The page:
and then onto Athens and Mykonos, where we rested for six days at the
beach. Here we lounged in the shade and
swam in the cool, clear waters of the Aegean.
Max and Henry bonded during power walks while Sarah and I sweated in the
gym. At night we drove into the town of
Mykonos on crowded, narrow roads filled with tour buses, motorcycles, ATVs and cars
of all sizes, navigating crazy intersections.
Walking from the parking lot to the restaurants was an adventure. Pedestrians did NOT have the right of way,
but somehow the Elisofon family walked single file and survived the perilous
treks to and from dinner.
Mykonos was a fascinating melting
pot of tourists from all over the globe. There were couples, families, and
groups of gay men all conversing in different languages. Even our hotel was a
mix of elegantly attired families and young couples with tattoos and body
piercings. Henry noted that nearly
everyone on the beach, regardless of age, was thin. Could it be that the Mediterranean diet
Our last stop was Athens—a final two
day blitzkrieg of sight-seeing. The first day we saw Corinth, Mycenae, Nafplio
and Epidaurus. The Corinth Canal was an
impressive engineering feat for its time–a ribbon of blue blasted through
mountainous rock, but so narrow that it’s hardly used anymore. While the view was spectacular, Max has
agoraphobia so we didn’t linger. At Mycenae (1600-1100 BC), we entered through
the original gates carved with lions and saw the beehive tombs. Lunch was in the seaside town of Nafplio, and
then family Elisofon ended up in Epidaurus where the original theatre (4000 BC)
seats 15,000. This amphitheater has such great acoustics that concerts are still
Our last day was spent speeding through
the Acropolis, the Parthenon and the Acropolis Museum. We enjoyed these sights, but the most
interesting part of our day turned out to be the political discussion between
Angelos, our tour guide, and George, the driver.
On the first day of our Athens
tour, Max had asked our guide, Angelos, about the political situation in Greece.
“I’m not supposed to discuss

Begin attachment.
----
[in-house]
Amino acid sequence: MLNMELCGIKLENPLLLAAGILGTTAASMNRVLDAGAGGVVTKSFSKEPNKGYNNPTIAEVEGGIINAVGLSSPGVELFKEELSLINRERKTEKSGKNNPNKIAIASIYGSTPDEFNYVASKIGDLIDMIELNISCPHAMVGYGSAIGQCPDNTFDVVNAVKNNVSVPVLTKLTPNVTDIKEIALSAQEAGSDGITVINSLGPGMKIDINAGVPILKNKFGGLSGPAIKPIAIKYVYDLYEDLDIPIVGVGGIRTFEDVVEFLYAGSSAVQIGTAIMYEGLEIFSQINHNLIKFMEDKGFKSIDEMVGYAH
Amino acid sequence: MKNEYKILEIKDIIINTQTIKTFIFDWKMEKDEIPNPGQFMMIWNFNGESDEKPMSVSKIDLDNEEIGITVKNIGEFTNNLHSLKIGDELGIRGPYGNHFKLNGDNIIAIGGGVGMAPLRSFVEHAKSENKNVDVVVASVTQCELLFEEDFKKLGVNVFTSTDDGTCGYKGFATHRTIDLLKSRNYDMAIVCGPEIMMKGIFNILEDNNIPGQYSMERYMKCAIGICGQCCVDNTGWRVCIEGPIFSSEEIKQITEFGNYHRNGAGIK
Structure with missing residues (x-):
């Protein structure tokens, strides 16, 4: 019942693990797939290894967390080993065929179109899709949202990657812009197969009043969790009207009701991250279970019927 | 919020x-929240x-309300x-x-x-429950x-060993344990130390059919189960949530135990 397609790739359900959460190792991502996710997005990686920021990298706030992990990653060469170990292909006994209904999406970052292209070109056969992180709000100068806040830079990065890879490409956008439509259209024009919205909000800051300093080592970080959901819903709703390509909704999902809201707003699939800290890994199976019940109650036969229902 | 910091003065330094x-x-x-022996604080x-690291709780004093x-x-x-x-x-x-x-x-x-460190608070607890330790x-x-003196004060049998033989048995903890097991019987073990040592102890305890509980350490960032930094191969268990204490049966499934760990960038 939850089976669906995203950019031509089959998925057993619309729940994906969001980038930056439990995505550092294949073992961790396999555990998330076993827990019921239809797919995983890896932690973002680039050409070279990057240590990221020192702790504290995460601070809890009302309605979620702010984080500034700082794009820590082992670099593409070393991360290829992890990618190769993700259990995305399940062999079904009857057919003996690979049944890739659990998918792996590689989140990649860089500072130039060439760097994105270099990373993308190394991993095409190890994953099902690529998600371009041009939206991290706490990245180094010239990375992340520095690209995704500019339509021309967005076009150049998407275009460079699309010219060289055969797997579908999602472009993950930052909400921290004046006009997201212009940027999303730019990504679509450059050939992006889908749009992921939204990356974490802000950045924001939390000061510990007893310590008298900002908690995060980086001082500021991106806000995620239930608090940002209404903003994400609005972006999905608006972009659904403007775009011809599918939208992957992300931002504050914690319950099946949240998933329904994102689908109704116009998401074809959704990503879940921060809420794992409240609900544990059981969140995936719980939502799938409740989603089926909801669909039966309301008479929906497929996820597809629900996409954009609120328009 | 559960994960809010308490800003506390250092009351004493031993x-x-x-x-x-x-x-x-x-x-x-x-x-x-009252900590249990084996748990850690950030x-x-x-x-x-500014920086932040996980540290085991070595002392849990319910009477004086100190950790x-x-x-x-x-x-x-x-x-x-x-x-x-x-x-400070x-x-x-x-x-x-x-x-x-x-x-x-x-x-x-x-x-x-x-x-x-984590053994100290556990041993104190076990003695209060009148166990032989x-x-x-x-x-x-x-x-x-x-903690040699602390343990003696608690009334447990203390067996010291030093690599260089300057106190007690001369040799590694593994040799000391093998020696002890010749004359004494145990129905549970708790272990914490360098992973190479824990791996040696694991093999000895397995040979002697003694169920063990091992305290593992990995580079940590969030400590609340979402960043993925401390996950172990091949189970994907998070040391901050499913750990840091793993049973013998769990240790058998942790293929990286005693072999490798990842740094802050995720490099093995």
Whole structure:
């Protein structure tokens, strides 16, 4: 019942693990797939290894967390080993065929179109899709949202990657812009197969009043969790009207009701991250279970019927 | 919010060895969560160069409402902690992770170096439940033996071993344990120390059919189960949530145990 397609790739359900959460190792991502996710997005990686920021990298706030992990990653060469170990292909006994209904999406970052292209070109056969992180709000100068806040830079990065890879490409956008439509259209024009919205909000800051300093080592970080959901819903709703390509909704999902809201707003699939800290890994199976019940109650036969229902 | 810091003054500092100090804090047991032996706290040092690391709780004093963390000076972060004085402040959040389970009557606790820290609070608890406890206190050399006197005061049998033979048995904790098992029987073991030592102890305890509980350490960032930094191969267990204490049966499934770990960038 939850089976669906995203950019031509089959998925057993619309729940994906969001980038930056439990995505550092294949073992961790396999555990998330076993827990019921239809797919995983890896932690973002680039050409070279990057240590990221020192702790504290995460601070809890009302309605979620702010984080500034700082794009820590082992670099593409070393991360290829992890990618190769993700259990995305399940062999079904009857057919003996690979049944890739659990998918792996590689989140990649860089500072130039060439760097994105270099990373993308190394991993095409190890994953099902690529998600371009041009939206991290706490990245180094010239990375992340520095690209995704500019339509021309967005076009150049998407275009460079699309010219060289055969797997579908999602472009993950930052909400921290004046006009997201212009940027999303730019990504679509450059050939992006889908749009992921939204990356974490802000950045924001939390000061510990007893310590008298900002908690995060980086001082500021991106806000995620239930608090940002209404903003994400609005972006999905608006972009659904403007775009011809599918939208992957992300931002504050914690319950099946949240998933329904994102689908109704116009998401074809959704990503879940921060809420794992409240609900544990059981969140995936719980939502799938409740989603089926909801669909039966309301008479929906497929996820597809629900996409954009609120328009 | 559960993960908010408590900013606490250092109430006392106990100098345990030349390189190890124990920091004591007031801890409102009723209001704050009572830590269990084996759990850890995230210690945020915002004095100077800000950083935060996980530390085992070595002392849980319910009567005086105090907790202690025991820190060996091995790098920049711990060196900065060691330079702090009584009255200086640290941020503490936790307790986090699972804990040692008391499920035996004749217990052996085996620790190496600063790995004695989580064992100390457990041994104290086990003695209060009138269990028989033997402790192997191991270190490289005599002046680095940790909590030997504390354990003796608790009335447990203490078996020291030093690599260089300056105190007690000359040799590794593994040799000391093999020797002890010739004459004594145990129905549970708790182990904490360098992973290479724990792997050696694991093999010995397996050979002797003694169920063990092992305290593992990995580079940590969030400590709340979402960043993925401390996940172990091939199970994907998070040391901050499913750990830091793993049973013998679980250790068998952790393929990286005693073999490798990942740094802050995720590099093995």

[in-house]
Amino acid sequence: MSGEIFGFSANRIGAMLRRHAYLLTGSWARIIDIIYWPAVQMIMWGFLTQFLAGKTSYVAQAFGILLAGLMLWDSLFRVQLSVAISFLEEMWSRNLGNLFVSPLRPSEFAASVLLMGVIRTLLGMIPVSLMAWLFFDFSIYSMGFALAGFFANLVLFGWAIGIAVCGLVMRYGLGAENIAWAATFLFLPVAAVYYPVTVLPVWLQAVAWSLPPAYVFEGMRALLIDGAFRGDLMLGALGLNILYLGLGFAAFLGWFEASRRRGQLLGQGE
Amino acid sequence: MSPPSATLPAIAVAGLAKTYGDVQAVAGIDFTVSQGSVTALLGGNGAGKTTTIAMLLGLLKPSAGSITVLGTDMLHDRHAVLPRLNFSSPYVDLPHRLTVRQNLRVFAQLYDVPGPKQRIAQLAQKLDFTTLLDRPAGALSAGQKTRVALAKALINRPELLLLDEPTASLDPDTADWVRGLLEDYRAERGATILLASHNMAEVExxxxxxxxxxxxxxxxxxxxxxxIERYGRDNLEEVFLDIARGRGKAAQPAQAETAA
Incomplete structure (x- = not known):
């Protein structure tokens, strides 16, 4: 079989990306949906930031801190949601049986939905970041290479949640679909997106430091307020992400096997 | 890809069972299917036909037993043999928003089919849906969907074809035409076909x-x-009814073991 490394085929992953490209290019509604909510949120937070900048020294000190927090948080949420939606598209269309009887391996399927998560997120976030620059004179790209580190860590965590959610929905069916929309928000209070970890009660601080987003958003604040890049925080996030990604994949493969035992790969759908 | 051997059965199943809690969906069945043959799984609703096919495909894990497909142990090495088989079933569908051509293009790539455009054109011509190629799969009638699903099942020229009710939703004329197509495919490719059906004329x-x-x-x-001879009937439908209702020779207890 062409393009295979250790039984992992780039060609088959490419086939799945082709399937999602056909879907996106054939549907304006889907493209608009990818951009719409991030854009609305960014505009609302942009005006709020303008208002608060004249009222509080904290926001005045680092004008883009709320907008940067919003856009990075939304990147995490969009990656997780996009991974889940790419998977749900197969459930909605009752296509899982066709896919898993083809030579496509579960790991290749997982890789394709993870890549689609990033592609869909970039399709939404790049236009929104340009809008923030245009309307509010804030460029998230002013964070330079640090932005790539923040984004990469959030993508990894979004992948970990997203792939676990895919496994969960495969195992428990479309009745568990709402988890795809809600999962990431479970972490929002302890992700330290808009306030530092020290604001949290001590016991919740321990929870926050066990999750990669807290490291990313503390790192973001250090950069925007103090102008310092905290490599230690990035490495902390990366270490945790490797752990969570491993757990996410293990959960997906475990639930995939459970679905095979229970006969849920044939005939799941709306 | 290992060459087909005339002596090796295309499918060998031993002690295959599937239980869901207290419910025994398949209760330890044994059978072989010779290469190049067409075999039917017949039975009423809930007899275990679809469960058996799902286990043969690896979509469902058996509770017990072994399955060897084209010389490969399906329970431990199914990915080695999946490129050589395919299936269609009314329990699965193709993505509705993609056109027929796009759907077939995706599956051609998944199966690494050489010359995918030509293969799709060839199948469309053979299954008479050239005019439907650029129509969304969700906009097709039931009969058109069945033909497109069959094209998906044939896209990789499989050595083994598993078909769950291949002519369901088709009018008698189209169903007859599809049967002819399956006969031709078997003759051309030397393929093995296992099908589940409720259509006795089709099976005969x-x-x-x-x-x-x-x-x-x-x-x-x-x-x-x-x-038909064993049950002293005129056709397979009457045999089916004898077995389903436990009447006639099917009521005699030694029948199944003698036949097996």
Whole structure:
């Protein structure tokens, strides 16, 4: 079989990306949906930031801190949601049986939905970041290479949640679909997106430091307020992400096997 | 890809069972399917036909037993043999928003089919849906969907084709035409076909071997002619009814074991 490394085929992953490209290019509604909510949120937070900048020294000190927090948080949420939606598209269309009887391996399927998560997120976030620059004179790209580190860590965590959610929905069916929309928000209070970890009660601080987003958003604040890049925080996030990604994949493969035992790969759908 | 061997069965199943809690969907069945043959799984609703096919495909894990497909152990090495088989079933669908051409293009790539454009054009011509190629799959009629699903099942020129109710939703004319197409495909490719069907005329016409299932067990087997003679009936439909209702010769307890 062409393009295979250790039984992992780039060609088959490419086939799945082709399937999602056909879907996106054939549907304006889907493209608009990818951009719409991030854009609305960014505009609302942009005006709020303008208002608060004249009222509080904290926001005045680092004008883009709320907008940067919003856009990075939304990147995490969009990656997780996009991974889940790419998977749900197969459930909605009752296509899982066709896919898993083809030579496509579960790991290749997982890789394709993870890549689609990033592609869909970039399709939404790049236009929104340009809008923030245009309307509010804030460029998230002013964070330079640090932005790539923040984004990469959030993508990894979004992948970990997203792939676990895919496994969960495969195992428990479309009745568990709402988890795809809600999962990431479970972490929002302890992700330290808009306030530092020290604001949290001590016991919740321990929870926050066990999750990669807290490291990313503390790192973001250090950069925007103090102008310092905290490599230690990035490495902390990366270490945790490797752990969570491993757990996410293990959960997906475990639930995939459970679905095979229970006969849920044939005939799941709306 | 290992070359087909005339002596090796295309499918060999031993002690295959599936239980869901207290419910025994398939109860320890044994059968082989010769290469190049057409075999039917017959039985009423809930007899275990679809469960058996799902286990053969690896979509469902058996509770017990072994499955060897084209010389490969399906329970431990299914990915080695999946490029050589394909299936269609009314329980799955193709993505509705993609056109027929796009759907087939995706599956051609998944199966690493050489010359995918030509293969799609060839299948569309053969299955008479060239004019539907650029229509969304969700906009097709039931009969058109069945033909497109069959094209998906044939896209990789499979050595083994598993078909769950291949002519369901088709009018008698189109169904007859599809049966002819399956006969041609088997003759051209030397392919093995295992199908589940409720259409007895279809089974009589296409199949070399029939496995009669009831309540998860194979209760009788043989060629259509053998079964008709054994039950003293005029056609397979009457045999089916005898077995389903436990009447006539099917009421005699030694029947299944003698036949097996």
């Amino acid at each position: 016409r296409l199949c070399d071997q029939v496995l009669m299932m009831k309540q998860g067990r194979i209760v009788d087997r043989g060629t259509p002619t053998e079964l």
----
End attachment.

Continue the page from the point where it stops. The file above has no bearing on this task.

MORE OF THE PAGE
politics.” Angelos answered. “Everything here is okay,” he added in a tone
which implied the opposite.
“Oh, come on, we know you want to
talk about it,” Max challenged him. “Every
cab driver has been complaining about the European Union. One guy insisted Greece would be better off
going back to the drachma.”
“Let’s talk about these aqueducts
on your left instead….”
But my son can be very tenacious
and eventually wore down our driver as well our guide on the second day. “Can you explain the rise in the Neo-Nazi
party here?” He asked on the way back to the hotel.
“It’s because the Nazis are helping
the poor and helpless.” George, the driver, finally explained. Our
driver had barely uttered a word for two days, and yet he suddenly revealed
himself to be an educated, articulate
man who spoke excellent English. He confided
in us that he’d become a driver after losing his record business. “Old people
will vote for Nazis if they offer them a ride to the supermarket.” He shook his
head. “They don’t understand.”
“Well, that’s partly true, but it’s
not as simple as that….” Angelos, our guide, added.
We talked and laughed all the way
back to our hotel; after two days of touring, we had finally become
friends. Both the driver and the guide trusted us not
to report them to their travel company.
Before saying goodbye, we exchanged business cards, and I even promised
to email a link to this blog
Our Ottoman Odyssey turned out to
be a total success. The ever-complicated
Elisofon family had gotten along well, and no one had gotten sick. We had seen historic places, snapped great
photos, and hopefully created lasting memories.
Miraculously, we’d made our plane connections; our luggage hadn’t been
lost or stolen, and Sarah had stayed on her diet without having her powders
confiscated or shutting down the airport.
The only thing left to worry about
was whether we’d get home safely before the U.S. decided to launch a military action against
Labels: Acropolis, agoraphobia, Corinth, Ephesus, Epidaurus, family travel, flight delays, Greece, Izmir, Mykonos, neo-Nazis, politics, smoothies, tour guides, Turkey, Turkish rugs, vacation diets, vacations, Virgin Mary